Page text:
So, you’re planning that big trip interstate. There’s nothing like a few tunes to wile away the hours as your significant other and/or kids in the back play a little bit of car cricket.
But in this technological age, that crummy old cassette deck just doesn’t cut it anymore. If you can upgrade your home, then why not your car? There are several different types of upgrades to consider, and range from a simple cassette deck adaptor for the MP3 player to a full-blown in-car computer system. So, in the following pages we cover some of the ways that you can ‘Tech Upgrade Your Car’ for the coming Christmas and New Year period.
The humble iPod
One of the biggest boons for long, dusty trips is the iPod. It’s now superceded the need for disk changers in the car, and it’s a lot easier to maintain! Plus, the iPod can hold all your tunes, and its ‘playlist on the go’ feature enables you to chop and change tracks as you go. And though there are head-units that will play MP3 CDs and even boast hard-drives, an MP3 player is a more cost-efficient option.
But how to get the music from your pod into the stereo? Well, there’s the aforementioned cassette adaptor, but there are other ways depending on the age and type of car stereo.
One of the most popular is the iTrip by Griffin Technology which plugs into your pod and broadcasts via FM to your radio. FM transmitters are prone to intereference though, so a direct connection is best, and if you have a 3.5″ jack on the front of stereo, just connect a 3.5″-to-3.5″ cable from the likes of Belkin in and you’re away. The shorter the better, though, as you don’t the cable to interfere with the gear stick, or worse, the pedals! 0.5m is optimal, but 1m is the most common. And several manufacturers offer iPod cradles that stick to your dash or sit in an empty cup holder to keep it within reach.
Lastly, companies such as JVC and Pioneer offer iPod adaptors for their later model head units, but these can be costly. And, if you don’t have an iPod, a 3.5″ cable or a cassette adaptor are probably the best options for your MP3 player or CD device.
DVD players head units have always struck us as a little strange, because even in a traffic jam you wouldn’t want to be distracted by a movie. But the portable, or headrest, models are perfect for keeping children entertained. There are several brands available, and range from several hundred dollars to thousands. And some even feature AV connections which means you can plug a console into them, giving you access to console gaming – with the right 12V power adaptors of course. For dedicated setups you’d want to consider getting them installed by a car electrician, running them off a cigarette lighter is not recommended!
Headphones are also a good idea, and wireless headphones will give backseat passengers the greatest freedom – if they happen to nod off with them still on for example.
While huge in Asia and Europe, widespread acceptance of GPS is still a little way off for Australians, we feel. Which is strange, considering how many of us use our cars on a daily basis. But there have been great strides made in the last six months which make GPS much more readily accessible.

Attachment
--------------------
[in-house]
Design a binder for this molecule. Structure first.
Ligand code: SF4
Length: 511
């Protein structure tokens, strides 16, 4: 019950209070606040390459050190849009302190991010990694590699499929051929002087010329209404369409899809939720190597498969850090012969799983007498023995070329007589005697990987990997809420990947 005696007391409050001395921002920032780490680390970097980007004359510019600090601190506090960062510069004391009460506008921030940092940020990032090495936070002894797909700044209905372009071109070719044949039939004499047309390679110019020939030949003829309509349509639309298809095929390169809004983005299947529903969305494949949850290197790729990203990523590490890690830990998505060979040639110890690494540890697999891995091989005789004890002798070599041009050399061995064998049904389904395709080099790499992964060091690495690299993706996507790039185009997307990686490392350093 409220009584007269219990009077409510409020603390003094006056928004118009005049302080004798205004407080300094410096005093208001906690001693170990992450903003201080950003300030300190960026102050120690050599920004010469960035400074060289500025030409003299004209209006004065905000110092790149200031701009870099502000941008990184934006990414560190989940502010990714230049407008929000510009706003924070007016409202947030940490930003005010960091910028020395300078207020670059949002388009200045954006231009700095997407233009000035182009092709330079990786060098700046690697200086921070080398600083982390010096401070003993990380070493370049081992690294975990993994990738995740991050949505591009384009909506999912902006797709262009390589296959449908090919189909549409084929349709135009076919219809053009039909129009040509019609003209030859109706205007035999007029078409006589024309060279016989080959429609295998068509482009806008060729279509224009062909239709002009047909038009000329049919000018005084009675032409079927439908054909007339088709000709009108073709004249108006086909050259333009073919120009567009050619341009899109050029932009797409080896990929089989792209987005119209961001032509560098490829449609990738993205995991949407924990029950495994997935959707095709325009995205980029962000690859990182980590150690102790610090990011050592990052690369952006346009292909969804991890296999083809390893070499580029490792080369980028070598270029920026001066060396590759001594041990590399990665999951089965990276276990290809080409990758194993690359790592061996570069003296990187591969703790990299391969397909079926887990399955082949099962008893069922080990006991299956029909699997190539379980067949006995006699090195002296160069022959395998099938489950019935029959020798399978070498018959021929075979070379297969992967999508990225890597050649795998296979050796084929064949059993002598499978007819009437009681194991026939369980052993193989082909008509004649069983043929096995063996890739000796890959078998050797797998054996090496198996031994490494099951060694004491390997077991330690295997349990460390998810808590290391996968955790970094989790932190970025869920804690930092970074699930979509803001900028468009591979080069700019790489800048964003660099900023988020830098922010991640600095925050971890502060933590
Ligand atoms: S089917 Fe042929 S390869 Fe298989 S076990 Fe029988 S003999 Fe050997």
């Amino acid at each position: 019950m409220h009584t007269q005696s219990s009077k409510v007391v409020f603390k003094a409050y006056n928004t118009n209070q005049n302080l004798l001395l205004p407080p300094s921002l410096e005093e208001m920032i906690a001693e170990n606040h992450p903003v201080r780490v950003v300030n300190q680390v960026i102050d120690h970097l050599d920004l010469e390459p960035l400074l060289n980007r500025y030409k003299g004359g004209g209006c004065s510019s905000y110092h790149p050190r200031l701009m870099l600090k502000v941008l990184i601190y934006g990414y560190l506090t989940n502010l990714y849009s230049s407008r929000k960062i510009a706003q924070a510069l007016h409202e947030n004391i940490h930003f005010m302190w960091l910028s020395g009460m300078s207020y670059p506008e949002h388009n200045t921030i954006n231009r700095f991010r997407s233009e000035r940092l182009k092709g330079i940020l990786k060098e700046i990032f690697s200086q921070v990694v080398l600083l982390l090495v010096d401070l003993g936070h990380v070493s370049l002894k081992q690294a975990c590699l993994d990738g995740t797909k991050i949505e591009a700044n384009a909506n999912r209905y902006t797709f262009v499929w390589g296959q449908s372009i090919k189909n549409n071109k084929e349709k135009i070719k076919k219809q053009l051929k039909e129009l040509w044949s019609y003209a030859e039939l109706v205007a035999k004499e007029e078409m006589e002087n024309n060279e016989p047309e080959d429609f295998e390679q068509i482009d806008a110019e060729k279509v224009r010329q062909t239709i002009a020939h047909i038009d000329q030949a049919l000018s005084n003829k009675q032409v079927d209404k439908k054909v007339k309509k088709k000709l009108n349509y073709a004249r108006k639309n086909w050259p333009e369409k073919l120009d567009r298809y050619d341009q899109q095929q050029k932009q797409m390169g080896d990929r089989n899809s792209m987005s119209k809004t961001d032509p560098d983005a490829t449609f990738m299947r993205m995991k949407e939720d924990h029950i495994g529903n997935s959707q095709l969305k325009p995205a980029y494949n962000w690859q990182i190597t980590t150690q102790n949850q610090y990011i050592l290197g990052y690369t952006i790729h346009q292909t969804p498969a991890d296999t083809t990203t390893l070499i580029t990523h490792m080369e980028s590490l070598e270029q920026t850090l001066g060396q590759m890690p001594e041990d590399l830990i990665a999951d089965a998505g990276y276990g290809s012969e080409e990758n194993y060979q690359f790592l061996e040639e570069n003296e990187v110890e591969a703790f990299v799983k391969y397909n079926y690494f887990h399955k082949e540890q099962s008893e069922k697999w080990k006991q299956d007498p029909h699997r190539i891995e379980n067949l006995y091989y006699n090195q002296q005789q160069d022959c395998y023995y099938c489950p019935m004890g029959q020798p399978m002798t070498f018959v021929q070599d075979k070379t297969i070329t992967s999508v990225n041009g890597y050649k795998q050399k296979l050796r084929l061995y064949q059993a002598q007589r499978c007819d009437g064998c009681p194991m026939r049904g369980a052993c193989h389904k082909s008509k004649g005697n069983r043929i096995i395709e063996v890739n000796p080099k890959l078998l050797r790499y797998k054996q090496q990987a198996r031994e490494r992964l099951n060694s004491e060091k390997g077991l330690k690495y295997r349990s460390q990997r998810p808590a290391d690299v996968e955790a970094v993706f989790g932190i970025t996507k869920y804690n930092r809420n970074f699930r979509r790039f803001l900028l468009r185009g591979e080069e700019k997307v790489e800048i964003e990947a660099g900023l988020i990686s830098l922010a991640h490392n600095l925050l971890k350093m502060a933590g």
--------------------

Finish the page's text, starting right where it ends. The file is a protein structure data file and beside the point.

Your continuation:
There are several different types of devices available which will make ‘frustrated partners as navigators’ a thing of the past. Many different software developers offer GPS navigation for PDAs, and even the invaluable WhereIs site is now available in a Navigator version for your mobile.
Dedicated units from the likes of Mio and TomTom unit start at $899, and can stick to your dash or even windscreen (only where legal, of course).
And we don’t think it will be long before they become photorealistic, and show you actual satellite maps of your surroundings. Imagine a GPS unit combined with the Google Earth service!
Anyone who watches “Mythbusters” will know that talking on the phone is just as dangerous as being twice over the legal alcohol limit! So, if you must talk on the phone, a hands-free unit is a no-brainer. The choices are many: some of the newer phones offer their own hands-free function, but may not be suitable for cars because of excessive road-noise. Of course, there’s always the mobile headset, but you still have to operate these by hand to accept calls, which can be kind of dangerous.
Some of the more advanced options hook up to your car stereo with either a dock or Bluetooth adaptor, allow you to speak via a microphone installed in your dash. Bring on in-car VoIP we say!
Using a computer in your car doesn’t sound as stupid as you might initially think. Just as in the home, the PC has connected the Smart House together, the PC can combine music, movies for the kids, and GPS. Even VoIP!
But this ideal is still a way off, and limited mostly to enthusiasts at this stage. Because even though Cadillac made a PC an option way back in 2000, the only local manufacturer who appeared to offer a pre-built car PC had ‘temporarily discontinued’ it.
But, just as the so-called ‘modding’ community helped popularise quiet computing and, er, mods, we feel that the next step will be in-car mods.
There are several sites dedicated to this – we even found a very enthusiastic Audi owner who had installed the latest Apple Front Row into his car, here. Of course, if you’re keen to build your own, a Shuttle-sized PC with the correct 12V inverters should do the job. Again, a car electrician is your best bet.
Whether you’re gliding across the Nullarbor, or simply visiting Auntie Gladys for Christmas, there are many alternatives to the crappy old cassette deck your car came with. And it’s no longer just about entertainment, for the road warriors out there, the car can truly become your mobile office. The only limits are your imagination and pocket depth.